A love of music and appreciation of musical harmony is not based on natural ability but must be learned, a study by Australian researchers has found.
Previous theories about how people appreciate music were based on the physical properties of sound and the ability of the ear itself to hear harmony, they said.
However, the new study found love of musical harmony is not nature but nurture, University of Melbourne researchers reported Thursday.
"Our study shows that musical harmony can be learnt and it is a matter of training the brain to hear the sounds," psychological science Professor Neil McLachlan said.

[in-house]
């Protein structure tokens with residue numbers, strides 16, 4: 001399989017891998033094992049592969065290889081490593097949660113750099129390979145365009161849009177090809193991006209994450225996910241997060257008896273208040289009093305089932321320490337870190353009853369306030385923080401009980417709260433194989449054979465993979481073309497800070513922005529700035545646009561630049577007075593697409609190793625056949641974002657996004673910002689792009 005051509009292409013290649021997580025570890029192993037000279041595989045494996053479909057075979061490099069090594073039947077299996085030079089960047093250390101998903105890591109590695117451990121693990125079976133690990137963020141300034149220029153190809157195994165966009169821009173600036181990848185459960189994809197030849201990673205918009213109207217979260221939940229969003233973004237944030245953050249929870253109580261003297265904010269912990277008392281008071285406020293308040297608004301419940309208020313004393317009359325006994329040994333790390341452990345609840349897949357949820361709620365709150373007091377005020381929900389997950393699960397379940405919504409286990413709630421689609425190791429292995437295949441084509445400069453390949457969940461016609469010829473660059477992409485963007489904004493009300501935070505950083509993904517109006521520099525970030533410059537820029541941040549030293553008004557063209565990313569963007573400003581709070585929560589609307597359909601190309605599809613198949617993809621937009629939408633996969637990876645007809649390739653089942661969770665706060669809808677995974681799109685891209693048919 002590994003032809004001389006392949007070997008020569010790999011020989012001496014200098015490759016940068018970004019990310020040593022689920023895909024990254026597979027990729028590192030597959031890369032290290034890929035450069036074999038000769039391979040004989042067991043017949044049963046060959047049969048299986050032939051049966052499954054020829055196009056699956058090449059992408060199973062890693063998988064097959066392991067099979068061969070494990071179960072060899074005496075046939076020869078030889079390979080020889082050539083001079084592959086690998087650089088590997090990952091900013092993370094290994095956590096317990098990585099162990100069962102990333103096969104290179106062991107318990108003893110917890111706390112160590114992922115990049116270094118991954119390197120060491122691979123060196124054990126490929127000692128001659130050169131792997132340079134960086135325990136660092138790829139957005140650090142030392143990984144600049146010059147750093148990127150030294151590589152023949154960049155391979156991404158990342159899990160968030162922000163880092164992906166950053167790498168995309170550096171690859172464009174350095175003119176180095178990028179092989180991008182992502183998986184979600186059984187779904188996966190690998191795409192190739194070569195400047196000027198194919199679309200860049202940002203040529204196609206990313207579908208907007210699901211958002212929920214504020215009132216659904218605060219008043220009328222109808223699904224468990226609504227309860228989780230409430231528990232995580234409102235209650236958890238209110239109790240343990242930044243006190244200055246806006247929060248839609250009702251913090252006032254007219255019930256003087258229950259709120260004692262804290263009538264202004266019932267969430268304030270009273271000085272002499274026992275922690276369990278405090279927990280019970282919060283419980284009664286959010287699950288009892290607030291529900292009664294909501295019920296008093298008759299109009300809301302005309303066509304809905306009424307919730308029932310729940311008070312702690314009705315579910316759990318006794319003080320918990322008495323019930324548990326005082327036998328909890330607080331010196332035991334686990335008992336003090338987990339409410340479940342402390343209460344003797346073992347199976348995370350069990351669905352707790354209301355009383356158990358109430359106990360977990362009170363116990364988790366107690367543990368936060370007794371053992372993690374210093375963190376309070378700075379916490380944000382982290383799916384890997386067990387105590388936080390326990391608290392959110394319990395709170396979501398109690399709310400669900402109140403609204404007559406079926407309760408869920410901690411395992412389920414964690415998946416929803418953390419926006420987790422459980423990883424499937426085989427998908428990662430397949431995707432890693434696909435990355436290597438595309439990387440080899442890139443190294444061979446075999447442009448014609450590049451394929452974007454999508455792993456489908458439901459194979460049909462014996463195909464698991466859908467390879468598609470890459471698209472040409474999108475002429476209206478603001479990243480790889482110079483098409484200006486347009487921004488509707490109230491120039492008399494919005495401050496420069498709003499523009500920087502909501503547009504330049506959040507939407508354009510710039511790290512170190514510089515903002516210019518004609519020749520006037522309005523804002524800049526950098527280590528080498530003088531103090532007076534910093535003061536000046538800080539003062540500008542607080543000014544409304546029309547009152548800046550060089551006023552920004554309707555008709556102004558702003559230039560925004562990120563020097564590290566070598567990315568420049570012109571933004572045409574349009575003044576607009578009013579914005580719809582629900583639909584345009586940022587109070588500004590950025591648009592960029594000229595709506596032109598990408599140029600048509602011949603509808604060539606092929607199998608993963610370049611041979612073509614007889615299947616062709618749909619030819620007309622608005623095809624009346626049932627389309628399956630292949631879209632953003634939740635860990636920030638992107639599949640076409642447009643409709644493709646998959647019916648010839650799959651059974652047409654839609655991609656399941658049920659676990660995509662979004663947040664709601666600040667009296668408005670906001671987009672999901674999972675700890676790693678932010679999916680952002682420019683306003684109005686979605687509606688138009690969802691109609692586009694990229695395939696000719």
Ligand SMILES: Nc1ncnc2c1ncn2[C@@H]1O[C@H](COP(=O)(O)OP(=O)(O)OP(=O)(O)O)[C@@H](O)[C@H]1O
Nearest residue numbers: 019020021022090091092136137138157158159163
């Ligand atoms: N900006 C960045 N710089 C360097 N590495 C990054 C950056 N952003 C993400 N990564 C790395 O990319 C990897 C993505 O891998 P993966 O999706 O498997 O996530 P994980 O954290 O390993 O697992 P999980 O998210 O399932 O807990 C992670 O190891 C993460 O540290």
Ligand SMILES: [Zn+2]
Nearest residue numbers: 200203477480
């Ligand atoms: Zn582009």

"So if you thought that the music of some exotic culture (or Jazz) sounded like the wailing of cats, it's simply because you haven't learnt to listen by their rules."
In the study, 66 volunteers with a range of musical training were tested on their ability to hear combinations of notes to determine if they found the combinations familiar or pleasing.
"What we found was that people needed to be familiar with sounds created by combinations of notes before they could hear the individual notes," McLachlan said. "If they couldn't find the notes they found the sound dissonant or unpleasant."
"This finding overturns centuries of theories that physical properties of the ear determine what we find appealing," he said. "We have shown in this study that for music, beauty is in the brain of the beholder."
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